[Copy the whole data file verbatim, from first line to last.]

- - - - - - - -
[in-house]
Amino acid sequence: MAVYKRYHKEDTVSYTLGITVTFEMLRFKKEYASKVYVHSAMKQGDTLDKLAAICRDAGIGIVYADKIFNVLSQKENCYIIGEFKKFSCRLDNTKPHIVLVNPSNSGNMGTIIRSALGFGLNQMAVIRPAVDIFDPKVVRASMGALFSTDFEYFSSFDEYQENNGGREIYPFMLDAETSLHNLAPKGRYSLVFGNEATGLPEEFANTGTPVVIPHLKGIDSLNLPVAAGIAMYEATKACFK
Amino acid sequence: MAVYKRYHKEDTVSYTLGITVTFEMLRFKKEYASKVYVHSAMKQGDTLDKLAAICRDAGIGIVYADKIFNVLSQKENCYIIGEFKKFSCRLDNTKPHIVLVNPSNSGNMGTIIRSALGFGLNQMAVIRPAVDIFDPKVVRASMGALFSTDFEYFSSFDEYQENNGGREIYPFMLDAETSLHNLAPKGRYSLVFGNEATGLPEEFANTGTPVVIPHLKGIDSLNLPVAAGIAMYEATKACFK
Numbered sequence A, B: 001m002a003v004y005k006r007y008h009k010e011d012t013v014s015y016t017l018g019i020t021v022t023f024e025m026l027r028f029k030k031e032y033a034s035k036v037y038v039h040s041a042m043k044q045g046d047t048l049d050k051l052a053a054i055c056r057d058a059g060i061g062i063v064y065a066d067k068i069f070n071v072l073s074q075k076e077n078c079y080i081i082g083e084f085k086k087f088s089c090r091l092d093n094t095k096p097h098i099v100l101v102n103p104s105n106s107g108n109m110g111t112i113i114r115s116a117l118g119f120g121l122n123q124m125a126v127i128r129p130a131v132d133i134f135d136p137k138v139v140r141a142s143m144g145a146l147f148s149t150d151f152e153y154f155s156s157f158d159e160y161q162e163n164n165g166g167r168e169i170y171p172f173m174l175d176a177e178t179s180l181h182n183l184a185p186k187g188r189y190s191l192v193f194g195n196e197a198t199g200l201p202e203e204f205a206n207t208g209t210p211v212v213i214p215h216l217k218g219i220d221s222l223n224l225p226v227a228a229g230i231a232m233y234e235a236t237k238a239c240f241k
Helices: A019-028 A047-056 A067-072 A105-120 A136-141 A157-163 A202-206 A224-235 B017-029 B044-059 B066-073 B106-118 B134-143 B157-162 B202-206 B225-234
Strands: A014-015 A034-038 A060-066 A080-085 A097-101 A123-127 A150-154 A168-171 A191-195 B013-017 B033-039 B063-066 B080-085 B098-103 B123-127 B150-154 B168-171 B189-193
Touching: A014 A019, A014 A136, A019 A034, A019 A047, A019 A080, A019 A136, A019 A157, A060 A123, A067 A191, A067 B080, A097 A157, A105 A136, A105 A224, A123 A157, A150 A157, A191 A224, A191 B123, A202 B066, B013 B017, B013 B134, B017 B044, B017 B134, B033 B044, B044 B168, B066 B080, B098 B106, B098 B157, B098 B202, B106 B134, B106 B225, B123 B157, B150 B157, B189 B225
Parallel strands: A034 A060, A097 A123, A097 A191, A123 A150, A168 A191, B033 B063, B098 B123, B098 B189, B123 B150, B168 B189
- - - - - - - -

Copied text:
[in-house]
Amino acid sequence: MAVYKRYHKEDTVSYTLGITVTFEMLRFKKEYASKVYVHSAMKQGDTLDKLAAICRDAGIGIVYADKIFNVLSQKENCYIIGEFKKFSCRLDNTKPHIVLVNPSNSGNMGTIIRSALGFGLNQMAVIRPAVDIFDPKVVRASMGALFSTDFEYFSSFDEYQENNGGREIYPFMLDAETSLHNLAPKGRYSLVFGNEATGLPEEFANTGTPVVIPHLKGIDSLNLPVAAGIAMYEATKACFK
Amino acid sequence: MAVYKRYHKEDTVSYTLGITVTFEMLRFKKEYASKVYVHSAMKQGDTLDKLAAICRDAGIGIVYADKIFNVLSQKENCYIIGEFKKFSCRLDNTKPHIVLVNPSNSGNMGTIIRSALGFGLNQMAVIRPAVDIFDPKVVRASMGALFSTDFEYFSSFDEYQENNGGREIYPFMLDAETSLHNLAPKGRYSLVFGNEATGLPEEFANTGTPVVIPHLKGIDSLNLPVAAGIAMYEATKACFK
Numbered sequence A, B: 001m002a003v004y005k006r007y008h009k010e011d012t013v014s015y016t017l018g019i020t021v022t023f024e025m026l027r028f029k030k031e032y033a034s035k036v037y038v039h040s041a042m043k044q045g046d047t048l049d050k051l052a053a054i055c056r057d058a059g060i061g062i063v064y065a066d067k068i069f070n071v072l073s074q075k076e077n078c079y080i081i082g083e084f085k086k087f088s089c090r091l092d093n094t095k096p097h098i099v100l101v102n103p104s105n106s107g108n109m110g111t112i113i114r115s116a117l118g119f120g121l122n123q124m125a126v127i128r129p130a131v132d133i134f135d136p137k138v139v140r141a142s143m144g145a146l147f148s149t150d151f152e153y154f155s156s157f158d159e160y161q162e163n164n165g166g167r168e169i170y171p172f173m174l175d176a177e178t179s180l181h182n183l184a185p186k187g188r189y190s191l192v193f194g195n196e197a198t199g200l201p202e203e204f205a206n207t208g209t210p211v212v213i214p215h216l217k218g219i220d221s222l223n224l225p226v227a228a229g230i231a232m233y234e235a236t237k238a239c240f241k
Helices: A019-028 A047-056 A067-072 A105-120 A136-141 A157-163 A202-206 A224-235 B017-029 B044-059 B066-073 B106-118 B134-143 B157-162 B202-206 B225-234
Strands: A014-015 A034-038 A060-066 A080-085 A097-101 A123-127 A150-154 A168-171 A191-195 B013-017 B033-039 B063-066 B080-085 B098-103 B123-127 B150-154 B168-171 B189-193
Touching: A014 A019, A014 A136, A019 A034, A019 A047, A019 A080, A019 A136, A019 A157, A060 A123, A067 A191, A067 B080, A097 A157, A105 A136, A105 A224, A123 A157, A150 A157, A191 A224, A191 B123, A202 B066, B013 B017, B013 B134, B017 B044, B017 B134, B033 B044, B044 B168, B066 B080, B098 B106, B098 B157, B098 B202, B106 B134, B106 B225, B123 B157, B150 B157, B189 B225
Parallel strands: A034 A060, A097 A123, A097 A191, A123 A150, A168 A191, B033 B063, B098 B123, B098 B189, B123 B150, B168 B189